Wednesday, July 13, 2016

Midweek update

The House Oversight and Government Reform Committee yesterday approved without opposition its bipartisan postal reform bill (HR 5714).  This bill would create a new Postal Service Health Benefits Program within the FEHBP.  Unlike the FEHBP, the PSHBP would be fully integrated with Medicare for annuitants over age 65.

The bill now can be scored by the Congressional Budget Office. The House Ways and Means Committee also must give its blessing to the Medicare integration feature.  The entire Committee is pushing to get a bill enacted this year.  Here is a link to the article.

The President wrote an article in the Journal of the American Medical Association suggesting improvements to his signature healthcare law.  Those improvements such as adding public option in the ACA marketplaces and  prescription drug control would further strengthen government control over the health care sector.  That's not a sensible approach in the FEHBlog's view.

For example, Medicare always has had a public option (traditional Medicare) which has shifted overall costs to the private sector plans including the FEHBP.  If a public option is added to the ACA marketplaces there are fewer places left for those costs to shift.  A large cost shifting target would be the FEHBP.  Kaiser Health News offers readers an assortment of news articles about the piece.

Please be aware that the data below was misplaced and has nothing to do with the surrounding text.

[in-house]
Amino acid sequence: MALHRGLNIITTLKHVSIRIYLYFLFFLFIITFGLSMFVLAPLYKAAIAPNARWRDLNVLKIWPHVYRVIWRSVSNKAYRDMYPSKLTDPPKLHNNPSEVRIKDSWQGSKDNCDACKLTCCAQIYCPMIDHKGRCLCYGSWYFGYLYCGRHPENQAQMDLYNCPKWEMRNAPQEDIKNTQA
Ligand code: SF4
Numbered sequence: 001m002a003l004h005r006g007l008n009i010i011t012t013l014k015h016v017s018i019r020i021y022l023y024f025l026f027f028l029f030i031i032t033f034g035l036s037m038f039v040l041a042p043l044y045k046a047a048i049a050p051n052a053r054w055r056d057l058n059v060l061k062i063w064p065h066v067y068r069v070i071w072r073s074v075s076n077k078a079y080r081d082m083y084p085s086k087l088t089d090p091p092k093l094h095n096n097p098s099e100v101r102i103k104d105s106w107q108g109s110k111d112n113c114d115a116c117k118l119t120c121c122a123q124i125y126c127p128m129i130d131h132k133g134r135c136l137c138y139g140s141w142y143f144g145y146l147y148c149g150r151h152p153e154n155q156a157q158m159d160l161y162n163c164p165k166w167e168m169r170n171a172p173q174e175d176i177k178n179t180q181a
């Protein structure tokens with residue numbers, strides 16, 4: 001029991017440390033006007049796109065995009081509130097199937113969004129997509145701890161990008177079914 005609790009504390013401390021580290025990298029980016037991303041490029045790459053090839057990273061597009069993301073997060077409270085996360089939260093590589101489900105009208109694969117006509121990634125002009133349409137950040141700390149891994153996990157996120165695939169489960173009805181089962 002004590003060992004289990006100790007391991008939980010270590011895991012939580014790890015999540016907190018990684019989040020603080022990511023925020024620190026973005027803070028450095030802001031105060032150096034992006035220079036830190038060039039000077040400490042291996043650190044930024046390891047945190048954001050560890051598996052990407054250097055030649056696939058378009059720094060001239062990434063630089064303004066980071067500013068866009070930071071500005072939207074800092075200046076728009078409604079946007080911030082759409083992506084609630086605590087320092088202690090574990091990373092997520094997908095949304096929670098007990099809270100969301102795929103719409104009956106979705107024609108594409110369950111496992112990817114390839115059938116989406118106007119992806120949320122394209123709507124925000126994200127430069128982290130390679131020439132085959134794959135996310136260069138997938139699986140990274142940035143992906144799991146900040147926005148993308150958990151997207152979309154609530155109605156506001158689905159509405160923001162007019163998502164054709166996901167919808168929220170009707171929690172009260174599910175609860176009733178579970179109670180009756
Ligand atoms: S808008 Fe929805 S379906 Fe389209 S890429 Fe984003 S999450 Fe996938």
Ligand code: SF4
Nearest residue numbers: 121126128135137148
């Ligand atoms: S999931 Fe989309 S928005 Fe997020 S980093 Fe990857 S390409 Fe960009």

In other news,

  • The HHS Office for Civil Rights has offered ransomware guidance to HIPAA covered entities, including FEHB plans, and their business associates.  Here is Health Data Management's take on that guidance. 
  • CCIIO has issued FAQs on the proper timing for implementing the recently revised ACA summary of benefits and coverage.  
  • The American Health Policy Institute has released a study examining different approaches to high cost health plan members. 

1 comment:

Anonymous said...

I am not happy about the Committee wanting the postal retirees to be forced to go on Medicare to keep FEHBP. That is an extra cost as they would have to pay for Medicare B. I am a survivor of a Federal Retiree and would not want to be forced on to Medicare. I don't want to pay for medicare B even though I was forced on to Medicare A by my own work record (nonfederal). I know too many seniors that have to wait a long time to get permission to have procedures, can't get the specialists they want for certain conditions. I want to make my own decisions about my health care not a government bureaucrat.